The reconstruction of the nose may be required for a number of reasons, including trauma, birth defects and damage following surgeries, such as tumor extirpation or the removal of skin lesions. The chief concerns of nasal reconstruction are breathing and the recreation of the nasal appearance as it was before the damage. Some of the surgical procedures that may be utilized include:
- Secondary intention healing
- Simple suture closures
- Skin grafts
- Local flaps
- Regional flaps
- Forehead flaps
- Cartilage grafts
Who should undergo nasal reconstruction?
Patients of all ages may undergo nasal reconstruction, though based on the specific case it may be recommended that very young patients postpone their procedure until their features have matured slightly.
In some situations, the nasal wound may require some time to heal prior to the reconstruction procedure to facilitate skin grafts and other technical procedures. The best results may be achieved in situations in which half of the nose remains unaffected, thereby providing a working model for your physician to base the nasal reconstruction on the damaged side of the nose. For situations requiring more total nose replacement, pictures may be used to provide an accurate template.
What happens during surgery?
The sensitive location of nasal surgery contributes to the use of general anesthetic for most nasal reconstruction surgeries. The simplest nasal repair is secondary intention healing, in which a small wound on the flat surfaces of the nose may be allowed to heal naturally. This method is avoided for wounds on the nasal tip or nostrils, as it may affect the shape of the nose.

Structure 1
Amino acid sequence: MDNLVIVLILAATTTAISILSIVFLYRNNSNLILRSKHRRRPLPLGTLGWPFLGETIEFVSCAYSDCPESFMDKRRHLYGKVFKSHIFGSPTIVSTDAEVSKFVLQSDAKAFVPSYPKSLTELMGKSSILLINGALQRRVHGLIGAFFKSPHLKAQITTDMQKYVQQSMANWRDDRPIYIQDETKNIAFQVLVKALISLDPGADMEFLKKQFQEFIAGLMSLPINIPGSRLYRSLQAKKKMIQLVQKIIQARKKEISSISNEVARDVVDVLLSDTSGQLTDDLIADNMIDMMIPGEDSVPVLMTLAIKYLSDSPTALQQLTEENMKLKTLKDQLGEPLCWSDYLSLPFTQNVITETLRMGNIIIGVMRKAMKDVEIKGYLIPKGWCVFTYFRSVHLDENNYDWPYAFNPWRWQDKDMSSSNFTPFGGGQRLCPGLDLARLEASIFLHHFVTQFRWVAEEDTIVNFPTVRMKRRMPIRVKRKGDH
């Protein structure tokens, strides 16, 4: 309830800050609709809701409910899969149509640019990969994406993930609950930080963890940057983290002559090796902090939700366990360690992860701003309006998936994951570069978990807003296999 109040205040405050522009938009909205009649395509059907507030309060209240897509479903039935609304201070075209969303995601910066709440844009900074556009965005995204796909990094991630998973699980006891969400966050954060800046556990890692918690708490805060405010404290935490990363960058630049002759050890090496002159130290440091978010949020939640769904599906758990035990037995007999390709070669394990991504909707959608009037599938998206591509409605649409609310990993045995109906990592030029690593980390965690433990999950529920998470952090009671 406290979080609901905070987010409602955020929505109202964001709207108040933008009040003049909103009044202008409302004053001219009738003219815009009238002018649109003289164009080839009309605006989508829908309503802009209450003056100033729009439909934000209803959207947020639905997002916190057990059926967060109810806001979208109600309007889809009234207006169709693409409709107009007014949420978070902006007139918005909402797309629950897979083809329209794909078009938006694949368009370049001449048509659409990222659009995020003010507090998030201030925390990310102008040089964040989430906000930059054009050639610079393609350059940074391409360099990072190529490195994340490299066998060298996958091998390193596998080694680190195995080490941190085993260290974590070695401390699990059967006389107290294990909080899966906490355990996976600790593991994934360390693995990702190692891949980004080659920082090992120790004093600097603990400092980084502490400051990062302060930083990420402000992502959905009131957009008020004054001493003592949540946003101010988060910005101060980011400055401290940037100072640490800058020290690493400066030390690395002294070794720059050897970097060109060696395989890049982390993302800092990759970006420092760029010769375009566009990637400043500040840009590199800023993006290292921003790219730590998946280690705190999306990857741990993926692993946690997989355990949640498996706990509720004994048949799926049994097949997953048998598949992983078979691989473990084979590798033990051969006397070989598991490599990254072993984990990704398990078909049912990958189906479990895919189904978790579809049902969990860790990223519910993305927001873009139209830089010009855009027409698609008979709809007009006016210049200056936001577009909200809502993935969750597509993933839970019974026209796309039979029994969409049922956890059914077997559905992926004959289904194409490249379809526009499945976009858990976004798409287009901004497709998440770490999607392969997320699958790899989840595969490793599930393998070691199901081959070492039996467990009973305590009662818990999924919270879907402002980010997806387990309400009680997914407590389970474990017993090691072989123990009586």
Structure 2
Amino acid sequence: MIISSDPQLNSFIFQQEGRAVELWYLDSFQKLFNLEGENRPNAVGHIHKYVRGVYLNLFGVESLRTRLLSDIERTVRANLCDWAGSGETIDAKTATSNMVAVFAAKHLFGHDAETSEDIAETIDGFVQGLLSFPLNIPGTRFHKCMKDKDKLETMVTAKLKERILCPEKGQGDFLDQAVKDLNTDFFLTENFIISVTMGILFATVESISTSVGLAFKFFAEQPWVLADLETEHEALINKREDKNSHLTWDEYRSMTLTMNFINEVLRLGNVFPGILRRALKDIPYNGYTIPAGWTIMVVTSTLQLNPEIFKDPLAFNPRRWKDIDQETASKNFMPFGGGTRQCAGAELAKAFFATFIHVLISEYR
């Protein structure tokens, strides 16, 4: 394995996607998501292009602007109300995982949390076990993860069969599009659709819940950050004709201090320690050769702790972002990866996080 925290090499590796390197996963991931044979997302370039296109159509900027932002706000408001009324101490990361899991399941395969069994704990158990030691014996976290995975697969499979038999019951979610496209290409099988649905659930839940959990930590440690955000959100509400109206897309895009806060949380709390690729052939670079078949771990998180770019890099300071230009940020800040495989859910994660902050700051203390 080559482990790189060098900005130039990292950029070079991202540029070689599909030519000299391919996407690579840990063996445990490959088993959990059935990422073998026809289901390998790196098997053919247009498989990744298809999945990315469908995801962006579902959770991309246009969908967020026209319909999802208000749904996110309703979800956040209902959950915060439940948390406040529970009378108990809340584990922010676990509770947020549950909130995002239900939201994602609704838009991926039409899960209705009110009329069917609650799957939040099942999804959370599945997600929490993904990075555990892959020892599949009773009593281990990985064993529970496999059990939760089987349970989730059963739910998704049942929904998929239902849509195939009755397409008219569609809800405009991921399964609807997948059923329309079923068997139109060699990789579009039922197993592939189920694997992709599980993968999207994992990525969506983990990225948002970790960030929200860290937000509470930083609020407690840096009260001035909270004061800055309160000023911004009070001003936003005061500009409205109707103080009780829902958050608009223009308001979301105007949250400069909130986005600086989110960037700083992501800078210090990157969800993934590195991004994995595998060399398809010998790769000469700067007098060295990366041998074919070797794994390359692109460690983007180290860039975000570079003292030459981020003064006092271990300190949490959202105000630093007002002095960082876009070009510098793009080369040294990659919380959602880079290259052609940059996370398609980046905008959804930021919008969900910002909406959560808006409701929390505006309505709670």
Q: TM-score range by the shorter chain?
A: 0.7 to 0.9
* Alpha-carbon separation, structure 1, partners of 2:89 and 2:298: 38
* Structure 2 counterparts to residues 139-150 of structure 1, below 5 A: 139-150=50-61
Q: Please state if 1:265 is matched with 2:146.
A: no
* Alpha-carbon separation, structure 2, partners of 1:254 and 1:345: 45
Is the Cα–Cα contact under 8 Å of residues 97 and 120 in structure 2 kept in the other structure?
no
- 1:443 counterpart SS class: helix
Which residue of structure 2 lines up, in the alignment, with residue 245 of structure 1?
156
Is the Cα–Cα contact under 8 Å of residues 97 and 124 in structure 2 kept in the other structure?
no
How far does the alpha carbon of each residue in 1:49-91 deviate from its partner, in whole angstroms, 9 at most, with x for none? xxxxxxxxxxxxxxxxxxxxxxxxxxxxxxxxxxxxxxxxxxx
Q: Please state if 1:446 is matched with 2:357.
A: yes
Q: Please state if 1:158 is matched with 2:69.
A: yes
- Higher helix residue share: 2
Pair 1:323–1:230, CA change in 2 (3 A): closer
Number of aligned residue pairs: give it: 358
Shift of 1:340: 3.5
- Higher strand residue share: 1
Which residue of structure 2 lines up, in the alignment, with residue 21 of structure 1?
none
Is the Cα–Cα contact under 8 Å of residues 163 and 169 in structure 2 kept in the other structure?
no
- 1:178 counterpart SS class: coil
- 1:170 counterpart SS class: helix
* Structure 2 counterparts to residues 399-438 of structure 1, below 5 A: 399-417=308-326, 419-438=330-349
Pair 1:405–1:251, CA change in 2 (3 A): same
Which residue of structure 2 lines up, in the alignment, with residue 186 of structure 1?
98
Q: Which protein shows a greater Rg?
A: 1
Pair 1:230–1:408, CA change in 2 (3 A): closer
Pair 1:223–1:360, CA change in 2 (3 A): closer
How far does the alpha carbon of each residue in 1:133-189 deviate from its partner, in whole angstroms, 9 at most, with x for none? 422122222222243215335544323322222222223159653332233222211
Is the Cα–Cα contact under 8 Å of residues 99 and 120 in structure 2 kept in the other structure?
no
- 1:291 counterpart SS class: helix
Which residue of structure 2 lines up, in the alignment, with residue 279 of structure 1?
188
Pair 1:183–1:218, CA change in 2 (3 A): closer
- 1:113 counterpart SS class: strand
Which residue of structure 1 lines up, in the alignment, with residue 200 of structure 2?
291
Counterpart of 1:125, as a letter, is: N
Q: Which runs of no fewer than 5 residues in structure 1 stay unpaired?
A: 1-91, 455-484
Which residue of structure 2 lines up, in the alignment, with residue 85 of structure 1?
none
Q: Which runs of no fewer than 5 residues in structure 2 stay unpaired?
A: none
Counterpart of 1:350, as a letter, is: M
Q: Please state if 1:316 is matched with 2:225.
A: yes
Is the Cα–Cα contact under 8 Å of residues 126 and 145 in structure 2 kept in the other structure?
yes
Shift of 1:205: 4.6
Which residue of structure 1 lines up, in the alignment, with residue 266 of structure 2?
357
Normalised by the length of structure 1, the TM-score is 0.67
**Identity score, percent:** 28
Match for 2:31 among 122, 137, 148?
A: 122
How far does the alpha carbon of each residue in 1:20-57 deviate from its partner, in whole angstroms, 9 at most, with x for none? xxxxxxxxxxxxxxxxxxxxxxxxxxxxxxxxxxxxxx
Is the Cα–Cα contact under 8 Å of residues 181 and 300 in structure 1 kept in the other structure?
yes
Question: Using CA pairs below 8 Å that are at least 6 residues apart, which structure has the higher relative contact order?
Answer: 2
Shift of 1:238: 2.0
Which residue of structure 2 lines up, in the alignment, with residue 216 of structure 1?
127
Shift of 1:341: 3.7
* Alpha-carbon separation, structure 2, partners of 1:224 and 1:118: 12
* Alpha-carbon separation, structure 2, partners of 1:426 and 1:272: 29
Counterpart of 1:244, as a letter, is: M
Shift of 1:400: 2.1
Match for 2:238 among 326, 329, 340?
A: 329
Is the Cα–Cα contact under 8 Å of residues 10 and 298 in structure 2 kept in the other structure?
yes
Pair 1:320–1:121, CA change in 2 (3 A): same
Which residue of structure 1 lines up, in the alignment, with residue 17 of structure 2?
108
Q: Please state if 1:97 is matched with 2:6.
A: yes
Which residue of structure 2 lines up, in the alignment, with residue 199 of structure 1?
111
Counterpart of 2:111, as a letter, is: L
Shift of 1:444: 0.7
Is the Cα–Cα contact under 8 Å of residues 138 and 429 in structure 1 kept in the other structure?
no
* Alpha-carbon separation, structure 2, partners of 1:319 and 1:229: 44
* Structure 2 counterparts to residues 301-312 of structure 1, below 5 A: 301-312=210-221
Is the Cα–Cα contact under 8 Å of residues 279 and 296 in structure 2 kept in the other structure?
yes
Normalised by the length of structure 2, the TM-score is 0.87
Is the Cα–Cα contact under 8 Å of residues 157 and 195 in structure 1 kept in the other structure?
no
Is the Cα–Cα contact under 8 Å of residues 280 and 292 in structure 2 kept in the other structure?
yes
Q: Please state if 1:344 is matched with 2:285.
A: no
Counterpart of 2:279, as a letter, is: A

The next easiest repair is the simple suture closure, in which the sides of the incision are sutured together, though this also may only be done on the upper nose, as it may distort the lower nostril and nasal tip areas.
Skin grafts may be performed on larger wounds that require additional tissue or skin for smooth healing. These grafts are taken from other areas of the body and attached to the wound area. Variations of this procedure include the use of local flaps, in which the skin of the nose is lifted, stretched and repositioned to cover the wound area, and regional flaps, in which other areas of the nearby face are stretched, excess skin is removed and the harvested skin is set in place over the wound.
For larger, more complete reconstructions, forehead flaps may be used, as well as cartilage grafts from the nasal septum, ear or ribs. Cartilage grafts are necessary for total nasal reconstruction and reconstructions requiring additional support.
What should I expect after surgery?
The recovery for each surgery will vary based on the severity of the specific procedure and the health of the patient. Bandages are applied, and possibly splints for more complete reconstructions involving structural damage.
Swelling and bruising may occur in the first few days, with the bruising diminishing in 5-10 days and the swelling subsiding in 2-4 weeks. Stitches may be removed in about a week, and normal activities resumed in 1-3 weeks depending on the severity of the procedure.
The nose should be protected from accidental impact for a few weeks or months after the surgery. Specific details regarding the recovery procedure, protective equipment, sports performance and a recovery timeline may be given to you before and after your procedure.
Very unlikely complications of this procedure include an asymmetric appearance, infection, bleeding and changes in sensitivity, which may occur at both the nasal reconstruction site and the donor area.
Learn more about nasal reconstruction in Kansas City
If you believe you may be a candidate for nasal reconstruction, please contact us to schedule a consultation in which your concerns and questions will be personally addressed.
Andrews, Brian MDPlastic SurgeryLocations:
- The University of Kansas Hospital
- 4000 Cambridge St.
- Kansas City, KS 66160